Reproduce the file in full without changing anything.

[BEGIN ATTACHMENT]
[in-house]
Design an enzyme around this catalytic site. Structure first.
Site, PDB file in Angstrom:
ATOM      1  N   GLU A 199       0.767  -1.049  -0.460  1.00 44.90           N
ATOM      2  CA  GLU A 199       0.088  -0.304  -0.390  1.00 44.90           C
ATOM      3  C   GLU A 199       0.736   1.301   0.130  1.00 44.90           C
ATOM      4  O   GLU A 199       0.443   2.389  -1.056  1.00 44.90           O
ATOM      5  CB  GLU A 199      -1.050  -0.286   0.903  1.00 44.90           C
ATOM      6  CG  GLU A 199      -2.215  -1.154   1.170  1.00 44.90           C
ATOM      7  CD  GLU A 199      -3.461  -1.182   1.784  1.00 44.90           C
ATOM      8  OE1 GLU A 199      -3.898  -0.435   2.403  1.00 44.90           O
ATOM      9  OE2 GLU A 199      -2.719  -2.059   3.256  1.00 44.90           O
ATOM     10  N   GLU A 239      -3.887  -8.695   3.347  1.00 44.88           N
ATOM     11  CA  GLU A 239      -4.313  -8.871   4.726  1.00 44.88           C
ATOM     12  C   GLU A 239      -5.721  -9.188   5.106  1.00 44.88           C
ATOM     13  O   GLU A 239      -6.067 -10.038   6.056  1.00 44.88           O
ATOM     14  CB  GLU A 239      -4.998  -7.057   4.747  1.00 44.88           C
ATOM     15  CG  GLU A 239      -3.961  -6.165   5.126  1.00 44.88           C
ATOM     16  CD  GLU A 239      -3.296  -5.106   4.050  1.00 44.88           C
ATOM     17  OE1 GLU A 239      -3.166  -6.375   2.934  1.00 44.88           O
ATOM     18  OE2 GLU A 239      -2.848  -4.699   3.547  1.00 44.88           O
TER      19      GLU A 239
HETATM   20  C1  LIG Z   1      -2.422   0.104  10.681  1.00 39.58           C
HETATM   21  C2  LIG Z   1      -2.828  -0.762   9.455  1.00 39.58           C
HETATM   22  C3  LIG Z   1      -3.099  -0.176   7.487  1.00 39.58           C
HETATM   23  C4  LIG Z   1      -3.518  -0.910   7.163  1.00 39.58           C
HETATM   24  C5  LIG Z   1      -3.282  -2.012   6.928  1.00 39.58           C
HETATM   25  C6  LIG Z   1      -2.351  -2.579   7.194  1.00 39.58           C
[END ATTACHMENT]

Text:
[in-house]
Design an enzyme around this catalytic site. Structure first.
Site, PDB file in Angstrom:
ATOM      1  N   GLU A 199       0.767  -1.049  -0.460  1.00 44.90           N
ATOM      2  CA  GLU A 199       0.088  -0.304  -0.390  1.00 44.90           C
ATOM      3  C   GLU A 199       0.736   1.301   0.130  1.00 44.90           C
ATOM      4  O   GLU A 199       0.443   2.389  -1.056  1.00 44.90           O
ATOM      5  CB  GLU A 199      -1.050  -0.286   0.903  1.00 44.90           C
ATOM      6  CG  GLU A 199      -2.215  -1.154   1.170  1.00 44.90           C
ATOM      7  CD  GLU A 199      -3.461  -1.182   1.784  1.00 44.90           C
ATOM      8  OE1 GLU A 199      -3.898  -0.435   2.403  1.00 44.90           O
ATOM      9  OE2 GLU A 199      -2.719  -2.059   3.256  1.00 44.90           O
ATOM     10  N   GLU A 239      -3.887  -8.695   3.347  1.00 44.88           N
ATOM     11  CA  GLU A 239      -4.313  -8.871   4.726  1.00 44.88           C
ATOM     12  C   GLU A 239      -5.721  -9.188   5.106  1.00 44.88           C
ATOM     13  O   GLU A 239      -6.067 -10.038   6.056  1.00 44.88           O
ATOM     14  CB  GLU A 239      -4.998  -7.057   4.747  1.00 44.88           C
ATOM     15  CG  GLU A 239      -3.961  -6.165   5.126  1.00 44.88           C
ATOM     16  CD  GLU A 239      -3.296  -5.106   4.050  1.00 44.88           C
ATOM     17  OE1 GLU A 239      -3.166  -6.375   2.934  1.00 44.88           O
ATOM     18  OE2 GLU A 239      -2.848  -4.699   3.547  1.00 44.88           O
TER      19      GLU A 239
HETATM   20  C1  LIG Z   1      -2.422   0.104  10.681  1.00 39.58           C
HETATM   21  C2  LIG Z   1      -2.828  -0.762   9.455  1.00 39.58           C
HETATM   22  C3  LIG Z   1      -3.099  -0.176   7.487  1.00 39.58           C
HETATM   23  C4  LIG Z   1      -3.518  -0.910   7.163  1.00 39.58           C
HETATM   24  C5  LIG Z   1      -3.282  -2.012   6.928  1.00 39.58           C
HETATM   25  C6  LIG Z   1      -2.351  -2.579   7.194  1.00 39.58           C